The following is an excerpt from my ebook, Feng Shui Tips for Realtors.
Feng Shui is the metaphysical interpretation of the environment. And for the purposes of the real estate profession, it can be viewed as a metaphysical home inspection. This can, and often does, create a conflict of interest for some real estate transactions.
I have often said to realtors that if I were in their profession I wouldn’t want to interact with a Feng Shui consultant. And I am being sincere. I would just want to sell properties and I wouldn’t want to see anything interfere or complicate the sale. Especially for something that cannot be validated by any western standards. After all, this is not like discovering that a home has toxic mold or asbestos or a roof that needs replacing.
It is a way to diagnose what kind of affect the structure will have on its occupants, for good or for bad. In traditional Feng Shui there are ways to categorize structures as being inherently supportive or undermining for the occupants’ careers, health, and relationships. There are now people all over the world who are interested in these principles and they don’t mind advertising their enthusiasm or appreciation for the culture it comes from.
And how is this analysis performed? There are various Schools, approaches and methodologies. But with the traditional or classical Schools, the first piece of information to obtain is the year of construction. Next, a precise compass reading is done to determine the orientation of the home or business. Feng Shui is a manifestation of Space-Time Theory. And it is a predictive art. Once calculations are performed, combining the year built and the orientation, it can reveal a lot about the potential influence of the structure on people long term. These calculations define a type of magnetic field, though invisible, that is very powerful and predictable in its impact on people and animals.
Feng Shui is a very ancient system, developed over centuries in China and then it spread to all parts of Asia. Many other cultures have their versions of it. It includes observations about nature and seasons, landscapes and topography. It includes theories about how architecture and interior design can affect our moods, our creativity and ability to concentrate, as well as specific health issues that can result when repeatable physical features collide.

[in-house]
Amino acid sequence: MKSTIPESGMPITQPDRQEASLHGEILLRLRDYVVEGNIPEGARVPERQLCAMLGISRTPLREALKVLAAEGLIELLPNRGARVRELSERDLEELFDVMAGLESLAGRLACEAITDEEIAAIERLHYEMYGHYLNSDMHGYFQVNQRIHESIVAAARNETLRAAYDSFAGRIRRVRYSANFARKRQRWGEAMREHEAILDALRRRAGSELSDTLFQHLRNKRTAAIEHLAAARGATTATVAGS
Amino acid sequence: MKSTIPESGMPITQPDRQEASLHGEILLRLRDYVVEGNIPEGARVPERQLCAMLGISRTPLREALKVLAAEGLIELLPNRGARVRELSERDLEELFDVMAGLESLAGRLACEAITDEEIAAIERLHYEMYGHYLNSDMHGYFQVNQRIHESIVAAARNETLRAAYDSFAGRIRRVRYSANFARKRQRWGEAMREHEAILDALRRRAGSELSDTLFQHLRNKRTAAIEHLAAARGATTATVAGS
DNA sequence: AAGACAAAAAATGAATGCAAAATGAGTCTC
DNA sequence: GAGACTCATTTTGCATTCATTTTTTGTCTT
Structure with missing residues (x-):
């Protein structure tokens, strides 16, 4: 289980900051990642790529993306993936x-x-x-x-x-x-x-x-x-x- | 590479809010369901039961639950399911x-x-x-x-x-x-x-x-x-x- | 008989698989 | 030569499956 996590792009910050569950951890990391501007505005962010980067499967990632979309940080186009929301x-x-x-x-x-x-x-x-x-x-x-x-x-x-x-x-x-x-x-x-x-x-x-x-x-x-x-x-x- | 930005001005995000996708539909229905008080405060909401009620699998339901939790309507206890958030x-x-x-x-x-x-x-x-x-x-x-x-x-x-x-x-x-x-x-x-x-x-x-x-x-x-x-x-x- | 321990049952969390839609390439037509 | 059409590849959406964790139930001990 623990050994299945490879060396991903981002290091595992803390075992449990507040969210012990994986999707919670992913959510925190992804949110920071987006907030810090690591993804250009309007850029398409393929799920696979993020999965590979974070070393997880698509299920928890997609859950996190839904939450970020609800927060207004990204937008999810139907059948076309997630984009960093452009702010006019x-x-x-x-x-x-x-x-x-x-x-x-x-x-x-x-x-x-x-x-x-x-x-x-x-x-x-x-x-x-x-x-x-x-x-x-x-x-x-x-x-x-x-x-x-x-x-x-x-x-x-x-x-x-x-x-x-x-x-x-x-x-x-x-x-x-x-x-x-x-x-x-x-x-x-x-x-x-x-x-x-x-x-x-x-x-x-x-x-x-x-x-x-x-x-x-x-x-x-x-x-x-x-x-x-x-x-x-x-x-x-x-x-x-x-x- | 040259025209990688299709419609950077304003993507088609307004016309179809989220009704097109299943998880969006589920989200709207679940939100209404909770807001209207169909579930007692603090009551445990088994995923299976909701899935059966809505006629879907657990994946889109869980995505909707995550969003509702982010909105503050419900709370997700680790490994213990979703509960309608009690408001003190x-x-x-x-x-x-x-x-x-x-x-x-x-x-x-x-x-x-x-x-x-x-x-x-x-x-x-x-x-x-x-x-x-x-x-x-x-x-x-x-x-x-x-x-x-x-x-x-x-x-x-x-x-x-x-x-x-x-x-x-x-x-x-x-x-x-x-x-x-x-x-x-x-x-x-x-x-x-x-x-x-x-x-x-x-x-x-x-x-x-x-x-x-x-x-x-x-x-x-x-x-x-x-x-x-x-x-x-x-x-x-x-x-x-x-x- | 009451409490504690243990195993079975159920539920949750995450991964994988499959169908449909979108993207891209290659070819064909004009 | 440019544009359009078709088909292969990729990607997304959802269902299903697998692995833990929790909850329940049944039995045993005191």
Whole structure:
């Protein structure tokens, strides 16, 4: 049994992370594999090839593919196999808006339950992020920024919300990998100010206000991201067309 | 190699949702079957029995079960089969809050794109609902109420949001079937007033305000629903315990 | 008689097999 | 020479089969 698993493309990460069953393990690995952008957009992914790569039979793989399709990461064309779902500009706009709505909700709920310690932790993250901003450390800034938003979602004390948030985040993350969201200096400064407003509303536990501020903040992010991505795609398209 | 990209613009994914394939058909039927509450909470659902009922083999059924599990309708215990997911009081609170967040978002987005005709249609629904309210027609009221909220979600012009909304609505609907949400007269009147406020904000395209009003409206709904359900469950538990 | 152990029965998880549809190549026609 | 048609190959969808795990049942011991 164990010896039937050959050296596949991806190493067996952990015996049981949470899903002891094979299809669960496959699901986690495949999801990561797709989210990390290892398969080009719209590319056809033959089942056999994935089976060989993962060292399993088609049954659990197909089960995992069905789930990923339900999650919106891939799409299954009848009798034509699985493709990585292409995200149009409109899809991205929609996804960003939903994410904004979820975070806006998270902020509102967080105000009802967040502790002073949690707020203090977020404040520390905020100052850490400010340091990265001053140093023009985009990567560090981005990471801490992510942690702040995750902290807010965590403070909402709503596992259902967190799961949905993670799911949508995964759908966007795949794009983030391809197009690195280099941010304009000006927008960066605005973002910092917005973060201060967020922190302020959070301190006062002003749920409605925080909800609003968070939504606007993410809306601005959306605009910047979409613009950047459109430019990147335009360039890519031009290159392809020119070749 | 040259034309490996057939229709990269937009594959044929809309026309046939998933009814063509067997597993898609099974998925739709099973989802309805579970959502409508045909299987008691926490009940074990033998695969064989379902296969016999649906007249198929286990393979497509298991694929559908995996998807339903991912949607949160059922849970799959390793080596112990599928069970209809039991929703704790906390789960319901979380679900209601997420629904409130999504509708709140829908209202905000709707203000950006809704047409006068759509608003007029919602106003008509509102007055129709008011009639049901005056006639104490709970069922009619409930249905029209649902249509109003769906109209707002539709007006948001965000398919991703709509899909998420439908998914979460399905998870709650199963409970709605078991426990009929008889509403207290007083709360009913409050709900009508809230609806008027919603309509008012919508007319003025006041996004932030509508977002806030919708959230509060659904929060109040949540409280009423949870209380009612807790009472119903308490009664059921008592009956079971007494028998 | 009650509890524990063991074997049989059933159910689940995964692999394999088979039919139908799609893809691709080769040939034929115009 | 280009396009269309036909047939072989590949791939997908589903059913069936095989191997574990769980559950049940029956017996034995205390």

In Scientific American, an article was written by Emily Anthes, April 22, 2009, titled, “How Room Designs Affect Your Work and Mood: Brain research can help us craft spaces that relax, inspire, awaken, comfort and heal.” The article begins with a nod to prizewinning biologist and Doctor Jonas Salk who felt that the physical space he worked in would have a direct impact on his ability to think freely and discover a cure for polio.
The article went on to site various studies by scientists, architects, and doctors which confirm many Feng Shui theories, without naming them as such. Formal investigations began in the 1950′s, particularly noting how the design of hospitals and psychiatric facilities influenced patient behaviors and outcomes. A professor at the University of Minnesota reported that the height of a room’s ceiling affects the way people think. Higher ceilings lead to more abstract thoughts and lower ceilings encouraged more detailed oriented tasks.
It was also discovered that natural views gave people a greater ability to concentrate, contrary to the notion that this would make a person daydream. Green spaces were especially helpful to students with attention deficit disorder. Lack of adequate natural light can disrupt our sleep-wake cycles and circadian rhythms. This can adversely affect anyone, particularly school children and the elderly. They even tested the contents of a room and the furnishings to see how people would be affected. Even carpeting in hospital rooms increased the length of time that relatives and friends would visit with a patient. Well-designed special care units for Alzheimer patients reduced anxiety, aggression, social withdrawal, depression and psychosis. Sharp, squared off perimeters had a different effect than curved or rounded objects.
The final quote in the article came from U.C.S.D.’s Edelstein. “Because of advances in neuroscience, we can begin measuring the effects of the environment at a finer level of detail than we have done before. We can understand our responses better and we can correlate the outcomes. I just get chills when I think about it.”
Some people say they “don’t believe in Feng Shui.” But this system doesn’t require belief to be influential any more than believing in gravity is necessary to validate its reality or effects. But because this system comes from a superstitious and ancient culture, many myths have been incorporated into it and these myths and rituals have endured even into modern times. This unfortunately clouds its integrity as a natural science and has probably delayed serious research into its effects, in spite of it having a phenomenal resurgence of interest in Western culture. Whether a Real Estate professional “believes” in Feng Shui personally or not, it behooves them to become familiar with the concepts and theories.
Kartar Diamond is the author of numerous books and ebooks, including Feng Shui Tips for Realtors, and she has been consulting since 1992. Kartar helps people world-wide for both residential and commercial properties, often involved in real estate transactions, helping buyers or sellers in the process.
Author: Kartar Diamond
Company: Feng Shui Solutions ®
From the Architecture and Design Blog Series